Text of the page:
For this, I’m hoping to find at least some soft snow. Soft snow makes for a really forgiving ride down, which means I don’t care too much about having a super damp, stable, and heavier ski. And because I’m typically skiing in low-angle, tight terrain due to avalanche conditions, I’m not usually skiing super fast. Combine that with my preference to throw some tricks on little features, and I don’t want the stiffest ski for this time of year.
With all that in mind, I tend to like skis in the 1600-1700 gram range (for a ~180-185 cm length). While I wouldn’t want to ski any of these skis really hard in the resort, the soft, forgiving mid-winter conditions I’m searching for on these skis tend to make up for the skis’ lack of suspension.
Right now, the Line Vision 108 (~1615 g per ski for a 183 cm length) is my go-to pick for mid-winter touring. It’s very light which makes it easier to get out of bed in the morning knowing that I’m going to put in a lot of vert on the ski that day. But it’s also got a fairly soft, round flex pattern, a progressive mount point, and deep rocker lines. All of that equates to a ski that’s really easy to haul uphill, but that lets me take a more playful approach on the way down. And it floats well for its width.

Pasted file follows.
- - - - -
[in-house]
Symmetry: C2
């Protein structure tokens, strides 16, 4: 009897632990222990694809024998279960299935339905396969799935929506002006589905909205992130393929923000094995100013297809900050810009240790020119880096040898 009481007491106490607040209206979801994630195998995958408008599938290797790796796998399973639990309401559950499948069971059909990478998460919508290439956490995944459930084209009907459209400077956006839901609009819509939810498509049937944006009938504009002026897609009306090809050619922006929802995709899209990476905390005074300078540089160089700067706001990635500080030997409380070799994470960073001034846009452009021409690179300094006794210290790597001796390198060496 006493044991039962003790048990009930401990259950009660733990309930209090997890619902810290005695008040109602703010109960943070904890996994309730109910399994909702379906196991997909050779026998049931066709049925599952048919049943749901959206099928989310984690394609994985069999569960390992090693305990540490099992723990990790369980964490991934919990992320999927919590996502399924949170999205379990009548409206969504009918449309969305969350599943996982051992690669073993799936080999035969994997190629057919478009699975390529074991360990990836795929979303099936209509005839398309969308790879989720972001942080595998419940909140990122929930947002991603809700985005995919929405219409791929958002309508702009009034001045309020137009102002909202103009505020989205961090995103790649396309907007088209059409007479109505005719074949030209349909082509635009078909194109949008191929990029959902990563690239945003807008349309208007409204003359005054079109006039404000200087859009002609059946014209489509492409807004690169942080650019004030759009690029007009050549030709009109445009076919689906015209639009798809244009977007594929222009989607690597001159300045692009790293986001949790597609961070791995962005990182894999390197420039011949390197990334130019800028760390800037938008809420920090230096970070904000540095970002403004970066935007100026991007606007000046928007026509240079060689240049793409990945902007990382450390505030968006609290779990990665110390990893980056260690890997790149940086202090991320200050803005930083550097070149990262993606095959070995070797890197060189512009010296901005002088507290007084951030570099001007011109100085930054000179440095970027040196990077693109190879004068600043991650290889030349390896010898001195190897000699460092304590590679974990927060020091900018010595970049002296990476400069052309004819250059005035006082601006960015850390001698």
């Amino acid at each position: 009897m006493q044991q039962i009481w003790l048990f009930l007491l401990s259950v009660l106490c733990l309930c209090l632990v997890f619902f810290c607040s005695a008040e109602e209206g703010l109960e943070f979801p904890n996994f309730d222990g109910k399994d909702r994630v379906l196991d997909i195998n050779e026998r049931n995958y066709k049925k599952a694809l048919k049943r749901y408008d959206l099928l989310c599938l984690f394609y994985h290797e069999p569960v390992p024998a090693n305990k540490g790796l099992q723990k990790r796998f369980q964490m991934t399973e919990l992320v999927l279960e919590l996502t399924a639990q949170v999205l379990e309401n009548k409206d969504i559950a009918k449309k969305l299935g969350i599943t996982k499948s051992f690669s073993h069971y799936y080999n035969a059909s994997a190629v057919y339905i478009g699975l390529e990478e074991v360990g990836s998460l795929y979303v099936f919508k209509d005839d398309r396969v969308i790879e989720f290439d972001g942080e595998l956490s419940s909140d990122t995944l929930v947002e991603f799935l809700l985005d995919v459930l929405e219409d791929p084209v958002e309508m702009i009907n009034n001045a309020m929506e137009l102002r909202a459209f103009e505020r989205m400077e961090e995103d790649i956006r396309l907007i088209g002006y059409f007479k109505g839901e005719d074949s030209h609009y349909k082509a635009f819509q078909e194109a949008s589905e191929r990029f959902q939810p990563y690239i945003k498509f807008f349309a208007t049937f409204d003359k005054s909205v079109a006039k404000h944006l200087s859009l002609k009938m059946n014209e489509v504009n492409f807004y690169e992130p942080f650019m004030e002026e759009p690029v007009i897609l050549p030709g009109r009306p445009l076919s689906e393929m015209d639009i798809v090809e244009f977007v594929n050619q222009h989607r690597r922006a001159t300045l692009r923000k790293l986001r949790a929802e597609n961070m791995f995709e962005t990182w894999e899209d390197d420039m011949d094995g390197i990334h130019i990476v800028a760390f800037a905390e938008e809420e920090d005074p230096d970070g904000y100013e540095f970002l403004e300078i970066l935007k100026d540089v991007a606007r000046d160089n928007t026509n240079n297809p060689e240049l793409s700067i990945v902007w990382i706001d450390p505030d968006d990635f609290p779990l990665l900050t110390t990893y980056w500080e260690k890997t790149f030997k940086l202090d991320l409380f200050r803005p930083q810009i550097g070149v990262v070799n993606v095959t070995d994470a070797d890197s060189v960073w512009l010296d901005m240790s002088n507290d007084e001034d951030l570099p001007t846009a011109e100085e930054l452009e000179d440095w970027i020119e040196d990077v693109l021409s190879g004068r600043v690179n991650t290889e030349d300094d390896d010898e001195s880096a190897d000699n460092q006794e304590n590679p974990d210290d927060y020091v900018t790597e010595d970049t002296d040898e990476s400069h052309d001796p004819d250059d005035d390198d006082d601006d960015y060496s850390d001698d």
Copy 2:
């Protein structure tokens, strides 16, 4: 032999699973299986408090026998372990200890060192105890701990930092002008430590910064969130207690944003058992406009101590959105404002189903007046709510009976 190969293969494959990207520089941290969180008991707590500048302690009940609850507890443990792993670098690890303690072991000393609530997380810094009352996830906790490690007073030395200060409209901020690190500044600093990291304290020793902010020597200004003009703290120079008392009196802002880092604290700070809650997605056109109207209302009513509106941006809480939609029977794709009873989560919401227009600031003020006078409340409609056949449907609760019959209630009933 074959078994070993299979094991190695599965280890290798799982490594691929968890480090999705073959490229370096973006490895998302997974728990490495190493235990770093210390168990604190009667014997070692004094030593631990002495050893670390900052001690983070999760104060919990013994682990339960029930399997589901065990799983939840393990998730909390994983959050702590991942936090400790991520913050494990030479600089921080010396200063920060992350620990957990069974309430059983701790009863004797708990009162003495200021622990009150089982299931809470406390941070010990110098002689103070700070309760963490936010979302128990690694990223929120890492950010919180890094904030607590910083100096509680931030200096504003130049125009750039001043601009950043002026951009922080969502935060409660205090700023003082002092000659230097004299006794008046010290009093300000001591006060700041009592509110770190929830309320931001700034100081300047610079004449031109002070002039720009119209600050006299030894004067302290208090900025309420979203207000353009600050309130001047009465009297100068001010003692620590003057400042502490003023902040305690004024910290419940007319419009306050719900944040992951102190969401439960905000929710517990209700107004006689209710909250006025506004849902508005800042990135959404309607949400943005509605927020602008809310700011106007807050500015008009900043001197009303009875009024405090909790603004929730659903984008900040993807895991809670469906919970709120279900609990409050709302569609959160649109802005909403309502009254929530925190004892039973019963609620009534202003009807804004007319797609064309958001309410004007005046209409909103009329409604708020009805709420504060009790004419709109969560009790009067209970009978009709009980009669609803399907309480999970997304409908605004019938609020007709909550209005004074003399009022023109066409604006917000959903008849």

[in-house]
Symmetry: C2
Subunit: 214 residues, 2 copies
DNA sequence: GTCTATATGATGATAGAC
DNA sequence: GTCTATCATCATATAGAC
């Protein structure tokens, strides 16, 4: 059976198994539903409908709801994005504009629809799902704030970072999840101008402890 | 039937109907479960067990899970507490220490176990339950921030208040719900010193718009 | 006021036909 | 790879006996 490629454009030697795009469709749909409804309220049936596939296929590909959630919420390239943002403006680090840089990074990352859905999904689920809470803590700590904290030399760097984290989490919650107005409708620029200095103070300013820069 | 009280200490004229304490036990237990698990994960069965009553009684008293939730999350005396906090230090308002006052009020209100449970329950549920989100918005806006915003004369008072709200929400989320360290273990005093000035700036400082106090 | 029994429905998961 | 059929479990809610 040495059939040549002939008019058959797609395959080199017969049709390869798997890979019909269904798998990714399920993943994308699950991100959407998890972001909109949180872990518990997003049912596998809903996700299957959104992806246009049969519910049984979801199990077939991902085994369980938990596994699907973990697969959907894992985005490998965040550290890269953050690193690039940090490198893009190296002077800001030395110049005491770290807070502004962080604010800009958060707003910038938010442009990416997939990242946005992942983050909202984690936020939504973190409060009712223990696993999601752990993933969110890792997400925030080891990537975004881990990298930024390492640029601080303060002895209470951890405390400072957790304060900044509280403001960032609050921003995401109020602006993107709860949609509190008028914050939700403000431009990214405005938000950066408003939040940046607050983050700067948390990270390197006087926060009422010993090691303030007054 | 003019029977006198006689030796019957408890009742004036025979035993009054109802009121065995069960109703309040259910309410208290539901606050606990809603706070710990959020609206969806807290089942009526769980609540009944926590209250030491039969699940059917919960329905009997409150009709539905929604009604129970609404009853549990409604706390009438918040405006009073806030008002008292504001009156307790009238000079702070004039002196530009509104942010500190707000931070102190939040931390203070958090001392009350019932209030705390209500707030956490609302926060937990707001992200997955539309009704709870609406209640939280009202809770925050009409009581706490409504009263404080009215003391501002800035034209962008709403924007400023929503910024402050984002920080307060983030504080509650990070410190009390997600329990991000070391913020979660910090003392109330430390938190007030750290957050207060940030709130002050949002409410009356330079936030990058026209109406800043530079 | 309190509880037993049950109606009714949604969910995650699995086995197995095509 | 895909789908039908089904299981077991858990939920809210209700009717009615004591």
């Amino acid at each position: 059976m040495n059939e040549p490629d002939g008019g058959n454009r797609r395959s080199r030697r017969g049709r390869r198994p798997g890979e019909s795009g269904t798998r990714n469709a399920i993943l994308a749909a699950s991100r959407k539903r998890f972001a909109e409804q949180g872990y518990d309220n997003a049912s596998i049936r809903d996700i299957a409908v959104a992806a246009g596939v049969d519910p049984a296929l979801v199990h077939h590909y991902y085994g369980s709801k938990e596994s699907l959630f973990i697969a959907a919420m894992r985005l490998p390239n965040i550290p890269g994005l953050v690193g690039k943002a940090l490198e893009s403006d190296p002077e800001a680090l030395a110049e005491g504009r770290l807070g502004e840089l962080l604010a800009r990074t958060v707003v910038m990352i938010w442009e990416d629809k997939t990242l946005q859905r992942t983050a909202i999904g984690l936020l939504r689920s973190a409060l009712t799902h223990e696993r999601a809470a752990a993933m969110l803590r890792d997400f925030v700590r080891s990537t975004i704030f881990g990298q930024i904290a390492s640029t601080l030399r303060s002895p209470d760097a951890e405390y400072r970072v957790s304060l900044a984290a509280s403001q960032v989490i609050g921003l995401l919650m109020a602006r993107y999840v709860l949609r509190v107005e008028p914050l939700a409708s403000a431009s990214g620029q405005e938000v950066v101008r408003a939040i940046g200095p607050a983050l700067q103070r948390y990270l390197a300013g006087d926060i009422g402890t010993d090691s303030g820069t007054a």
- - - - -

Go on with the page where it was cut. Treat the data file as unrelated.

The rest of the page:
That said, if Sam or Cy ever relinquished the Atomic Bent Chetler 120 (~1730 g for the 184 cm), I’d probably be very happy touring on that ski during the middle of winter. But unless the snow is crazy deep, the Vision 108 offers enough float for me. I think I’d also be pretty happy taking out the new Line Sir Francis Bacon (~1880 g for the 184 cm) and Outline (~2028 g for the 186 cm) for a more playful ride, though I’d probably only bring those heavier, more freestyle-oriented skis on days when I know the snow will be deep and we’ll be sessioning jumps.